Millions of renters across the country face eviction as a federal moratorium set to expire at the end of July is unlikely to be extended, according to Bloomberg.
The federal ban on evictions, which has been in place through most of the pandemic, is one of a raft of emergency programs set to end despite officials sounding the (perpetual) alarm over the Delta variant.
While some states, including California and New York, have their own eviction bans, the expiration of the Centers for Disease Control and Prevention’s moratorium has housing advocates worried about a surge in landlords forcing out tenants who have fallen behind on rent.
Congress has allocated nearly $47 billion in assistance but so far states and local jurisdictions have been slow to distribute the funds. -Bloomberg
As Julia Conley of CommonDreams.org noted over the weekend, progressive Democrats have blasted Biden’s ‘reckless’ plan to allow evictions to resume after July 31.
“It is reckless not to extend the deadline when rental assistance funds have not gone out fast enough to protect people,” said Rep. Alexandria Ocasio-Cortez on Friday, adding: “Eviction filings have already spiked in anticipation of the deadline being lifted.”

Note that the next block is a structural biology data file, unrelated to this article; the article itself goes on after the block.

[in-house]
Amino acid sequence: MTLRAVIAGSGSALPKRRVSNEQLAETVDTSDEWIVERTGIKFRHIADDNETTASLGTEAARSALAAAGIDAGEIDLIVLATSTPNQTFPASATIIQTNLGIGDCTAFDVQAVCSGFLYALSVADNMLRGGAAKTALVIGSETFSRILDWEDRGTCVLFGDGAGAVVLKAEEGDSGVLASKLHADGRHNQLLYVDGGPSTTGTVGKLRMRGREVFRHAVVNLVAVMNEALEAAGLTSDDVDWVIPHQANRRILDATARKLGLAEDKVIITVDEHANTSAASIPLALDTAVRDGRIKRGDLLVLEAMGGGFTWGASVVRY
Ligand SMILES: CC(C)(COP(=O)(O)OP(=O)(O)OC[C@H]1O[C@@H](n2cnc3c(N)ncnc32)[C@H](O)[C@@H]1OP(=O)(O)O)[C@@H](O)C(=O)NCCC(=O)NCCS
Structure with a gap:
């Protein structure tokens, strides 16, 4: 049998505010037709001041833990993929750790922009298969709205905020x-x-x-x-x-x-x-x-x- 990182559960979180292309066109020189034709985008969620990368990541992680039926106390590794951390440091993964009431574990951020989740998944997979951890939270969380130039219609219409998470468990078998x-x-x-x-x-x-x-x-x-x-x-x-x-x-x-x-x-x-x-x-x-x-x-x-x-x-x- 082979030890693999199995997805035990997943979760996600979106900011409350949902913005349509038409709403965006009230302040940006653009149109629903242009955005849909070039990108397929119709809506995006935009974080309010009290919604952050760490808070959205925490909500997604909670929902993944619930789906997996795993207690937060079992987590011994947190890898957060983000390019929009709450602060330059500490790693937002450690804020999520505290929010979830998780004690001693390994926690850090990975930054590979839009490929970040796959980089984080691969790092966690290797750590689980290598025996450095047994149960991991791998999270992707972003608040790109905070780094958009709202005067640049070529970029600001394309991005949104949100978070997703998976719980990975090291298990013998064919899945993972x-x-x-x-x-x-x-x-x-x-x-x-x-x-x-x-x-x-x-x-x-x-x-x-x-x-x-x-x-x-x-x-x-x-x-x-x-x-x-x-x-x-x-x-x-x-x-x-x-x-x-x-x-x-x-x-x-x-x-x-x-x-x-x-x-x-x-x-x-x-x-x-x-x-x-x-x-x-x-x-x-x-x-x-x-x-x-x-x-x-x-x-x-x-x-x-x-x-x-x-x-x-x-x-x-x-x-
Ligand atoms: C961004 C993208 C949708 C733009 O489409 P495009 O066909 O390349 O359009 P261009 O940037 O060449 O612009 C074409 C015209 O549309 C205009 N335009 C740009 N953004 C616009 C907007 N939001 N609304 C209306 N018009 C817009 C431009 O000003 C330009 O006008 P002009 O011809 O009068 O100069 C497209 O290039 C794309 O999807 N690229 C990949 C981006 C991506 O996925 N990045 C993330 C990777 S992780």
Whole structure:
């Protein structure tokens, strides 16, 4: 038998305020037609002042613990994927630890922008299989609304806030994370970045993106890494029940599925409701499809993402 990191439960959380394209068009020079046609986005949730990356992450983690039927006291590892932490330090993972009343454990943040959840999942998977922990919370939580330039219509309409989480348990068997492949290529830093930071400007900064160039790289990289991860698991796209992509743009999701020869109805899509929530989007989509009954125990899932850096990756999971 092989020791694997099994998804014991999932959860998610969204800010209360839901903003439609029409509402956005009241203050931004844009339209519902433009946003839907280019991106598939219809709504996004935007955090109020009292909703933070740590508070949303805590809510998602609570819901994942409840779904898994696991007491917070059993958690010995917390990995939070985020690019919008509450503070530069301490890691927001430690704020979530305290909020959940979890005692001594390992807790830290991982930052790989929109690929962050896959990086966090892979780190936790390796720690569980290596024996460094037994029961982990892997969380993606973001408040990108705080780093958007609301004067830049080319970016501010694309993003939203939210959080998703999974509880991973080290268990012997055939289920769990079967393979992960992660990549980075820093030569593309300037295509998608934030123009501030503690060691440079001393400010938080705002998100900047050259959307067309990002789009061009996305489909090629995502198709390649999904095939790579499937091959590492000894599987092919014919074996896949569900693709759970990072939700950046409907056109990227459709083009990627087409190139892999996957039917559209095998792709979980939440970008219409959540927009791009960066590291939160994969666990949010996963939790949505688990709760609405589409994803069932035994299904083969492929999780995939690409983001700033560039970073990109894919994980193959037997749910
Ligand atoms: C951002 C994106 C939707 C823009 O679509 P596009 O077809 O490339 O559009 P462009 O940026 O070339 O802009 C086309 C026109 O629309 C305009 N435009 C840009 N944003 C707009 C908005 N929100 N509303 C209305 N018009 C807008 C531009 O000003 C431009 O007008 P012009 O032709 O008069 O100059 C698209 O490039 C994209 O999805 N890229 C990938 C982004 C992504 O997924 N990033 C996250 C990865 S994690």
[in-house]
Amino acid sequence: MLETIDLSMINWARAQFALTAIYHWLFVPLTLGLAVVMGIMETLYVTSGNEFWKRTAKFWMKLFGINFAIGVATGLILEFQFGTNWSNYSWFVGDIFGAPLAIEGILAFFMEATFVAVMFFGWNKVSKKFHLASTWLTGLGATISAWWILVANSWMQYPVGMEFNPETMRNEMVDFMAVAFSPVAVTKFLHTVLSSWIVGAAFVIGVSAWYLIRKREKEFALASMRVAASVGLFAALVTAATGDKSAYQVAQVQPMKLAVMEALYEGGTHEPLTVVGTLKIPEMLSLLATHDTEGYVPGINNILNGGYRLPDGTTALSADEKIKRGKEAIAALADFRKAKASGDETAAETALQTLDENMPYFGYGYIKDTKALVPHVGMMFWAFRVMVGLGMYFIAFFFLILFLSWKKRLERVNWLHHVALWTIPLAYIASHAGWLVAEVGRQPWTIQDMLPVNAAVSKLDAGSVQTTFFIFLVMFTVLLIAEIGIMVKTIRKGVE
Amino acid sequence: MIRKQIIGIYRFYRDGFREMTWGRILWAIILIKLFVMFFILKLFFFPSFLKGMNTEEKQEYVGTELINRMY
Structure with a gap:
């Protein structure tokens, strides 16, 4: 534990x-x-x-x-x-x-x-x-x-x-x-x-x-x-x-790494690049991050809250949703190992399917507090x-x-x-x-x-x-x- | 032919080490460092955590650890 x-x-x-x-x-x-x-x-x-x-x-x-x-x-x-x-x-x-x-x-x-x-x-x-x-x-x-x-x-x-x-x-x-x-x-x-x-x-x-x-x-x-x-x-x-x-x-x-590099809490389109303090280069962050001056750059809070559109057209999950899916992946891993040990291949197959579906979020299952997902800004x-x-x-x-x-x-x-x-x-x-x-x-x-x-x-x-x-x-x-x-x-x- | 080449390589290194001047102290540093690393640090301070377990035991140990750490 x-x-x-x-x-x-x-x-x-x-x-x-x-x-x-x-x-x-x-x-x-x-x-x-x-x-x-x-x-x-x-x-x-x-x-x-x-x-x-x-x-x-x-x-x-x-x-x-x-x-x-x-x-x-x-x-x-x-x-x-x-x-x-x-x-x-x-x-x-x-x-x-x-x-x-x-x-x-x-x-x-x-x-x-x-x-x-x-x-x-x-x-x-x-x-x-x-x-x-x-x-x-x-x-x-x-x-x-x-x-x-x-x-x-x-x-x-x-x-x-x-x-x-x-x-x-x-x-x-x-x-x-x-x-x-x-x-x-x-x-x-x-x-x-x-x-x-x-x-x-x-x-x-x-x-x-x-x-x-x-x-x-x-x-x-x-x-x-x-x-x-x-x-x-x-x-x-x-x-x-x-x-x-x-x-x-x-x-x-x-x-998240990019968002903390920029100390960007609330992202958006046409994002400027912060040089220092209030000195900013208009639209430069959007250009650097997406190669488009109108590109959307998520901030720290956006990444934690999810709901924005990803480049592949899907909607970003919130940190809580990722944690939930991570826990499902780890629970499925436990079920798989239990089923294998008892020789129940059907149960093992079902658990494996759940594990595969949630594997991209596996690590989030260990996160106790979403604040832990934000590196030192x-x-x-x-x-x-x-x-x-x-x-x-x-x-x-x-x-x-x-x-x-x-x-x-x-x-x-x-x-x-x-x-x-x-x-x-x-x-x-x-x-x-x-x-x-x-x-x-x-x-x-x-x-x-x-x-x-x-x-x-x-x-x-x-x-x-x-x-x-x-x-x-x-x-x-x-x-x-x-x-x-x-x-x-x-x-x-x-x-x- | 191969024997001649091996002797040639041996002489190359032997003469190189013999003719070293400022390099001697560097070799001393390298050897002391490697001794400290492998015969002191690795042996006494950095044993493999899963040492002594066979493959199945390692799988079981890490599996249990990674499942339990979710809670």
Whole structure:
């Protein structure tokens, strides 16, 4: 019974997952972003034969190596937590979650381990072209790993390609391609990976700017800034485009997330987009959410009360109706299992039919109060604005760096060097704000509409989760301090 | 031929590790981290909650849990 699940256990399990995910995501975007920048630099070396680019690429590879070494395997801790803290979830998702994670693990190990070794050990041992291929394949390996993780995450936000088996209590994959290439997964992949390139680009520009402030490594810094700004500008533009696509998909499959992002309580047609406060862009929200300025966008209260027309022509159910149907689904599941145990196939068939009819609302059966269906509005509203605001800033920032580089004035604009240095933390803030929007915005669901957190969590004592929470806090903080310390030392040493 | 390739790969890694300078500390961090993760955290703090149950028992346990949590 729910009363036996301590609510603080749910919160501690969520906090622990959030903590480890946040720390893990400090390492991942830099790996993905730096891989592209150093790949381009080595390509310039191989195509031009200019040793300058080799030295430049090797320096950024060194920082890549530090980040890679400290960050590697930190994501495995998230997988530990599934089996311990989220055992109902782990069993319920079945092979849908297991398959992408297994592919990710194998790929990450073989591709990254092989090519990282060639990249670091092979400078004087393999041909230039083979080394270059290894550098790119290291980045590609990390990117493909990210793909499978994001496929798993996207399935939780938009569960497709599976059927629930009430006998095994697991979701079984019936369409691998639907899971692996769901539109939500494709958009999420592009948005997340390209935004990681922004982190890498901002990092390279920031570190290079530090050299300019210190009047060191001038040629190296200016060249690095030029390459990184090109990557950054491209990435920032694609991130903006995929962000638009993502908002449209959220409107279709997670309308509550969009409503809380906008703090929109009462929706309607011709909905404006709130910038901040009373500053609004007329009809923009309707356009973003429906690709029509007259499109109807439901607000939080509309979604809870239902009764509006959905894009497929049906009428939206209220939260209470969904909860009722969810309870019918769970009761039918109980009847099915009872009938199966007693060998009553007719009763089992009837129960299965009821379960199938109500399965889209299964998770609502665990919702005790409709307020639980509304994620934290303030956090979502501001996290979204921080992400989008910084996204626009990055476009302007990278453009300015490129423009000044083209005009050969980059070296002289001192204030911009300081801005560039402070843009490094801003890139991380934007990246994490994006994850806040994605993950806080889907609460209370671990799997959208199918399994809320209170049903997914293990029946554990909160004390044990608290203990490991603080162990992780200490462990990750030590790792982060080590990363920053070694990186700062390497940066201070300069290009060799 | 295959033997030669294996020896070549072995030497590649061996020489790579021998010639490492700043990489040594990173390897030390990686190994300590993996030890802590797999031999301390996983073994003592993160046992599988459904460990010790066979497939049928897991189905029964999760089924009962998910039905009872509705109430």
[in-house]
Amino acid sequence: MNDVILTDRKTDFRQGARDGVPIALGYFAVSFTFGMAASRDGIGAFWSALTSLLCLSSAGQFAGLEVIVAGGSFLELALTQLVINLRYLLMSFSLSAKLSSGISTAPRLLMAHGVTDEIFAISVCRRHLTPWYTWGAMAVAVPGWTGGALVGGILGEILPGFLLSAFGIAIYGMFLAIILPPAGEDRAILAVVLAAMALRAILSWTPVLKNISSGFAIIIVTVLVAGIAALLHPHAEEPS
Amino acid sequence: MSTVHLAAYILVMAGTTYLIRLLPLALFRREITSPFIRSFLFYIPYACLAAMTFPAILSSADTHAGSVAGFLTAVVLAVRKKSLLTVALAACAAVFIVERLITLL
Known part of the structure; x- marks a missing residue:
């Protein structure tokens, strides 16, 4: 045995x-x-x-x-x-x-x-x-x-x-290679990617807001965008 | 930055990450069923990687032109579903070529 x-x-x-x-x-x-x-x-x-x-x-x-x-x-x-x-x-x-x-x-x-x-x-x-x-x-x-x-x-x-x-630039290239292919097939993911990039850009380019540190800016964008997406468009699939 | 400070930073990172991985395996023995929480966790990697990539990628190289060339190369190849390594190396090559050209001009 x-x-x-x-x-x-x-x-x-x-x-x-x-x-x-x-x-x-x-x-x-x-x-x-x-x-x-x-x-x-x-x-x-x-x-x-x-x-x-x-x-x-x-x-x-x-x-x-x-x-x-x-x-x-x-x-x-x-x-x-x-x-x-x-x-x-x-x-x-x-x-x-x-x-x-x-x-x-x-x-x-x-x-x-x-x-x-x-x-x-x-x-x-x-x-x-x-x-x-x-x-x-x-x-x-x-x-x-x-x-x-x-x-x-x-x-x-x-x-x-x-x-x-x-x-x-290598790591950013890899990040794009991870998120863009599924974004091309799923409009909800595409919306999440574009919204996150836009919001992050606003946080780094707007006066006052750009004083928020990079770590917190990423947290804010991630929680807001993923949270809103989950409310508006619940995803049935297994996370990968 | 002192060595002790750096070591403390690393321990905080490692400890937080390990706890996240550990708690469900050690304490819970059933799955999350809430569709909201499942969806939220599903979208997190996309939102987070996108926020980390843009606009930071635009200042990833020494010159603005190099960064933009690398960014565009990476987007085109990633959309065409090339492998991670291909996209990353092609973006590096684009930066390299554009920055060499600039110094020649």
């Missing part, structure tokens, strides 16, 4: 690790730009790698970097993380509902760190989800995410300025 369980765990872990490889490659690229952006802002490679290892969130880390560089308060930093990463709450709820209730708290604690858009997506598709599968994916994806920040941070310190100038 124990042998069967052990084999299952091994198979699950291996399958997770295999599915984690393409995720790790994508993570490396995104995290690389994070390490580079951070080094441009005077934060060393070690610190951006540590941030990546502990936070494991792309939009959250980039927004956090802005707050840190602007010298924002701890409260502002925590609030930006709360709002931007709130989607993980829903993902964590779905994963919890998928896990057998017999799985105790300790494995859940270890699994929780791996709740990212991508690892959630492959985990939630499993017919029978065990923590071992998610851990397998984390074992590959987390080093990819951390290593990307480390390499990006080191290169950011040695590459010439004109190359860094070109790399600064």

Opining on the matter is NYU professor Ingrid Gould Ellen, a housing expert who has studied federal emergency rental assistance programs during the pandemic, who told Bloomberg that “The hardest-to-reach renters are also the most vulnerable to eviction, and that group is large enough to cause an unprecedented spike in eviction filings, warrants and, ultimately, homelessness if we don’t remain focused on getting them and their landlords the assistance Congress has made available.”
Gould Ellen noted that according to the Census Pulse Survey, 16% of renters owe back rent – down from a peak of 20% in January, but still a significant number of people, adding that nearly one in four black renters report being behind on rent.